When IBM’s Institute for Business Value recently (2010) surveyed 1500 chief executives to find out the qualities CEOs value most in today’s business marketplace, the quality that rose to the top of the list was not dedication, a sense of humor, or technical expertise. Creativity is seen as the skill that helps businesses respond to changing customer relationships and operational problems. In A Whole New Mind (2006), Daniel Pink emphasizes creativity as the basis for workers adept at what he calls “high touch” and “high concept,” and concludes that right-brained people will rule the world of the future. In The Creative Workforce (2008), Erica McWilliam stresses the same skill as the cornerstone of a twenty-first century education.
Yet even as the evidence mounts as to the importance of creativity, we see gifted programs cut from public schools and creativity not a showcased part of college curriculums. Creativity must be seen on a par with those other skills businesses claim they need colleges to be teaching—i.e., team work, critical thinking, and communication (identified in a 2007 AACU survey as the big three). Interestingly, even the influential Foundation for Critical Thinking has started linking critical and creative thinking as part of the same process.
How many of you have creativity listed on your syllabus as a student learning outcome? If you have, do you intentionally teach creative thinking? Have you thought of how to assess creative thinking in your field? Obviously, in recent years business has jumped aboard the creativity bandwagon traditionally driven by the arts and humanities, but what about the sciences, health, education, and so on? Every field needs creativity, and it has a place in every field.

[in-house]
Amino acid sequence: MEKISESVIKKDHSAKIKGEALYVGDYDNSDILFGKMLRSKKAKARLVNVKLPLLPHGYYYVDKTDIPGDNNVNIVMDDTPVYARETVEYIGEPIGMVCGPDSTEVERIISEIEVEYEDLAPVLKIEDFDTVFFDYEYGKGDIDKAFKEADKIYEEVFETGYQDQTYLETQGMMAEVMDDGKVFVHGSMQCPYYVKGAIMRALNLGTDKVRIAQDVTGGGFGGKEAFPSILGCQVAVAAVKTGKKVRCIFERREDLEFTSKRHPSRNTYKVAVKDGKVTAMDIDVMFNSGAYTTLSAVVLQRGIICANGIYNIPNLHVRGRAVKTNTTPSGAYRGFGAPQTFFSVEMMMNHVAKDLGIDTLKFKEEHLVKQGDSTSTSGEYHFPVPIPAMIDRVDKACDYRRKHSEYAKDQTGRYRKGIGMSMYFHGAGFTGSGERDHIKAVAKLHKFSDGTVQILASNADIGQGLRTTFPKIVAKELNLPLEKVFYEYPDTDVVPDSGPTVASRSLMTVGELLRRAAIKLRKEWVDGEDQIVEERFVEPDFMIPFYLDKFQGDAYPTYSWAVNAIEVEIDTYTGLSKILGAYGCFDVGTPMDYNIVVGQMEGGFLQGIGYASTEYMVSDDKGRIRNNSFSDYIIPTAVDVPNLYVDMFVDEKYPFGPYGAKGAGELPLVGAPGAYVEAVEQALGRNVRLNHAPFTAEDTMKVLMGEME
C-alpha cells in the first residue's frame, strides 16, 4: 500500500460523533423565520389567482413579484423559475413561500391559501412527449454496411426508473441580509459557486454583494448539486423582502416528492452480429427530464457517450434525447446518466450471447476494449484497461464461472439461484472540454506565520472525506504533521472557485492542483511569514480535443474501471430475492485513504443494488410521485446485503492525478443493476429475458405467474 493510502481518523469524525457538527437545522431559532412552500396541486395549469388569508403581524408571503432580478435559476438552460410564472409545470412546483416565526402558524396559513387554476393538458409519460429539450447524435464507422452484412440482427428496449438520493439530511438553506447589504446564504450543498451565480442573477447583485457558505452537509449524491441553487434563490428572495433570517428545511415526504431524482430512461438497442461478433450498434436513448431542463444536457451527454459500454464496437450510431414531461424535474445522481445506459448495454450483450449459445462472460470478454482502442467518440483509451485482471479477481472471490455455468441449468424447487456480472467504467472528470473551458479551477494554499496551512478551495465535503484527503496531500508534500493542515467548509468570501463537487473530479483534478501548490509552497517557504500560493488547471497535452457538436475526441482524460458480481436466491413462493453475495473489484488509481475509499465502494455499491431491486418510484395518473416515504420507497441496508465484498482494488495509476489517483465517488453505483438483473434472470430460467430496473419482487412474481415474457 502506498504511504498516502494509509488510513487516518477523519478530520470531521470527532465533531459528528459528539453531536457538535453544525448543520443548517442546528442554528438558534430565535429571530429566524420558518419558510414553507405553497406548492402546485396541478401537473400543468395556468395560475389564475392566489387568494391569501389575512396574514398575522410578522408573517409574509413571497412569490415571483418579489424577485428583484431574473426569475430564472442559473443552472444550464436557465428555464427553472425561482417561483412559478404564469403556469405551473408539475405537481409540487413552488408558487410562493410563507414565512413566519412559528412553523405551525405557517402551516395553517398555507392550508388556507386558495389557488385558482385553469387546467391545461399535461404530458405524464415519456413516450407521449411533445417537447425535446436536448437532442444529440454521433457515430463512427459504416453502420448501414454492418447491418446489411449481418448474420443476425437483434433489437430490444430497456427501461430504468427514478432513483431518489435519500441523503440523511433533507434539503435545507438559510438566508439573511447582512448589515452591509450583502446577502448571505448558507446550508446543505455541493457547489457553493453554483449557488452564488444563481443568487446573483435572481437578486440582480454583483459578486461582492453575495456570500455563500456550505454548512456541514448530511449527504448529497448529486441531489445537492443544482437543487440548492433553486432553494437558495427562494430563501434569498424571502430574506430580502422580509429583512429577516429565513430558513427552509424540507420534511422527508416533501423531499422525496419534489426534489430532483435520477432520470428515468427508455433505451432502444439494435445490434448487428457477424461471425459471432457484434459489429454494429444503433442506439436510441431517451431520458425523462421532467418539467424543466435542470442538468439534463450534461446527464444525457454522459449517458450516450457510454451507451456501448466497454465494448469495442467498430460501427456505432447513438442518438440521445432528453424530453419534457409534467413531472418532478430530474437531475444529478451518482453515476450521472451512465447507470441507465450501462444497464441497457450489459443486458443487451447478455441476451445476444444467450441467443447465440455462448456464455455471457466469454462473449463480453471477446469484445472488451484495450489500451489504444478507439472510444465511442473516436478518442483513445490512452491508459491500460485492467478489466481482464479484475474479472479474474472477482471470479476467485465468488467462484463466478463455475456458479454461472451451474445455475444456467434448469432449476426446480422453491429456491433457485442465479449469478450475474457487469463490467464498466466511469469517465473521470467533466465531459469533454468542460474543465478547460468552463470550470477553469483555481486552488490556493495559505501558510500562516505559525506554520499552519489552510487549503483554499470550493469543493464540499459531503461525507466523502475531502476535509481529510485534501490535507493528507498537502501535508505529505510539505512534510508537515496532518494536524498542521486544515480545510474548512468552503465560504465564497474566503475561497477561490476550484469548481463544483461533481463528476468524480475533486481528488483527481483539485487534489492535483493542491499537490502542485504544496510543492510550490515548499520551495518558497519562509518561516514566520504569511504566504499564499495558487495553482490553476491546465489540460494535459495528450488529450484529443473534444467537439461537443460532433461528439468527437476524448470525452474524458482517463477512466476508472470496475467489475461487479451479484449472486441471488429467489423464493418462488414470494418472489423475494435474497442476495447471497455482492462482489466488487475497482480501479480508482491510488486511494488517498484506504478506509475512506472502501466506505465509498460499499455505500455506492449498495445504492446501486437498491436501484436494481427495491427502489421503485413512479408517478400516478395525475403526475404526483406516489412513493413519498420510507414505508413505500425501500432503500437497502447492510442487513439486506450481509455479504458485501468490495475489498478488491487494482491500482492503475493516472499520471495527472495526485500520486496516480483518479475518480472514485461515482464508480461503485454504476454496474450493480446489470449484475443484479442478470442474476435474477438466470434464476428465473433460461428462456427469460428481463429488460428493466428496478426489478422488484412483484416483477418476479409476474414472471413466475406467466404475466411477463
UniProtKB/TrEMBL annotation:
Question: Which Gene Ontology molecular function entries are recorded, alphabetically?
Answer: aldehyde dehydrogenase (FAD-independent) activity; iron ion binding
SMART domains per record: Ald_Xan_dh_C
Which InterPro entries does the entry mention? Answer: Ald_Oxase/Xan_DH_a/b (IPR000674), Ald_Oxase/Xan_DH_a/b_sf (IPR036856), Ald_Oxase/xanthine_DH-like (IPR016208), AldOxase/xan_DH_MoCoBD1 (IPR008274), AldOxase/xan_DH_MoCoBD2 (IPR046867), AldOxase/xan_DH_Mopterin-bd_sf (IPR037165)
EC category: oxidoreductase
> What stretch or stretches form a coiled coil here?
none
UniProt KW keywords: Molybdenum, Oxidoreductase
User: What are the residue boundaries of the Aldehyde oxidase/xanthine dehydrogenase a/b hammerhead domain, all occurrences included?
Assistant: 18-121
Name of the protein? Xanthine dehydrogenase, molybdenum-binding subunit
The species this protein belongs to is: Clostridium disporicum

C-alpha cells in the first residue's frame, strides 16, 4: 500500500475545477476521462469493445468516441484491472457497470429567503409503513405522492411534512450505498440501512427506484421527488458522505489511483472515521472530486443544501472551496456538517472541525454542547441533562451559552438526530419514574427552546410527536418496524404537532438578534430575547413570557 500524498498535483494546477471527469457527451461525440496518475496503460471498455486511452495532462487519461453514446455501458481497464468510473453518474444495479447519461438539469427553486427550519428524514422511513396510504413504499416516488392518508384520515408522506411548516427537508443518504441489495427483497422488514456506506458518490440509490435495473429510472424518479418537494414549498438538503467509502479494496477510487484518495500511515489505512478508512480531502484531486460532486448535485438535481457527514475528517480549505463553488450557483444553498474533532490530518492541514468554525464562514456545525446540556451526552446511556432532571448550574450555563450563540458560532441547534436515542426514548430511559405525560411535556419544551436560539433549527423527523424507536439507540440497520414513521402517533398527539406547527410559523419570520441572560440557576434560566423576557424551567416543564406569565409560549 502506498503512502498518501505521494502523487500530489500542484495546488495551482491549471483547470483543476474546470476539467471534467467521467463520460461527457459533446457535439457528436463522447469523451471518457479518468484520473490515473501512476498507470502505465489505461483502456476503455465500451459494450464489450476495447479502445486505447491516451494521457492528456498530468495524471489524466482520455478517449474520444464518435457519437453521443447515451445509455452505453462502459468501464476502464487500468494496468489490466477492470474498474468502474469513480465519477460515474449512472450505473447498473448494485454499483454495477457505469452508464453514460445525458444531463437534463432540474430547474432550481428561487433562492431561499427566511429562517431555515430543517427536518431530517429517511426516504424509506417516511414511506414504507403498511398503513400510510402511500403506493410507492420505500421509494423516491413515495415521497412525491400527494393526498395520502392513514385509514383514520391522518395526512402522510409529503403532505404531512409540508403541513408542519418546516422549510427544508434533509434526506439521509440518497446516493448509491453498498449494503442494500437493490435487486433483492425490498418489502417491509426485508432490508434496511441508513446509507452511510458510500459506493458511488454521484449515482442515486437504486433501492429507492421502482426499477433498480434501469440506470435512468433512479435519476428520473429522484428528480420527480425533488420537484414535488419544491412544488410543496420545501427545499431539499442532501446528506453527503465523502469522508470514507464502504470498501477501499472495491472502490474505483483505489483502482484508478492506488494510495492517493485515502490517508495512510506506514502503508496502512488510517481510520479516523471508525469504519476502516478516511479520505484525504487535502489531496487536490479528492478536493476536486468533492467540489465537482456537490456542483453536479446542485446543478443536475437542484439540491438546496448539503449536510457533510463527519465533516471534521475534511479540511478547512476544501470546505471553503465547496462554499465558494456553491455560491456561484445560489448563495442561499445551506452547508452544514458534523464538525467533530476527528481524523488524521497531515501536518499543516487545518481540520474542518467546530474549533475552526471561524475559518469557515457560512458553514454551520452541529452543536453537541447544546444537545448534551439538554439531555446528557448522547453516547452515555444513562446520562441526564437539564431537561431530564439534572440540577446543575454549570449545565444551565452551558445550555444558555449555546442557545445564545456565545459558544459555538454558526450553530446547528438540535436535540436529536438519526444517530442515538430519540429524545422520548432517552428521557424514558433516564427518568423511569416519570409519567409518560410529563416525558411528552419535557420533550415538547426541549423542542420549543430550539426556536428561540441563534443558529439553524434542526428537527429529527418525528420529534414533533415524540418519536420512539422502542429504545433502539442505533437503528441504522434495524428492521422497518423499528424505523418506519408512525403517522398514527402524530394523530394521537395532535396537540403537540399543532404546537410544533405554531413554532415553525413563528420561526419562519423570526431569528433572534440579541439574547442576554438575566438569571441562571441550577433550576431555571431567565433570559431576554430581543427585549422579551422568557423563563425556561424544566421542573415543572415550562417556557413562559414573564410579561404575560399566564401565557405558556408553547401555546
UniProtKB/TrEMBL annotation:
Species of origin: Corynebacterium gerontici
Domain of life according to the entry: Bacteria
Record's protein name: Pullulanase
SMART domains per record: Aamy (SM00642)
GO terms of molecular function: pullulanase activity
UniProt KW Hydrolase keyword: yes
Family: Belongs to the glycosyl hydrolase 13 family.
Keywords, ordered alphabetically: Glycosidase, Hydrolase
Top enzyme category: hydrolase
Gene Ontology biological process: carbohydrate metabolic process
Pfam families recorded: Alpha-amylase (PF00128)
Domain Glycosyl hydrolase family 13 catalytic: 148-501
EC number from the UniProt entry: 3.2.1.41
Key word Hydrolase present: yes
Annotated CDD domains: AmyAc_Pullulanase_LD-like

In “Kubla Khan,” Coleridge compares the creative thinker to a demon. In “A Midsummer’s Night Dream,” Shakespeare notes the similarity between the poet and the madman. The point is that most of us are afraid of the unknown, and sometimes college professors develop creativity-phobia. The greatest enemy to fear is knowledge. We are going to have to start to learn and teach creativity in the college classrooms.
Practically speaking, to teach creativity, you need to model it. You must also turn your classroom into a creative hothouse. And you must learn some simple process techniques, such as brainstorming, piggybacking, and perception shift.
Start with the basics. You need to adapt the definition of creativity to your field. The two key ingredients of creativity are novelty (it must be innovative) and usefulness (it must serve some purpose, solve some problem). Most experts break creativity down into four categories (mnemonically recalled by the alliterative “P”):
“Creativity is allowing yourself to make mistakes,” claims Scott Adams of Dilbert fame. In so pronouncing, Adams suggests the biggest change we can make to our classrooms—we can allow our students to take risks. But before they do, we have to.
To follow up on any of these ideas, please contact me at email@example.com. This Weekly Teaching Note was adapted from a contribution to the Teaching and Learning Writing Consortium sponsored by Western Kentucky University.
Hal Blythe and Charlie Sweet
Teaching and Learning Center
Eastern Kentucky University
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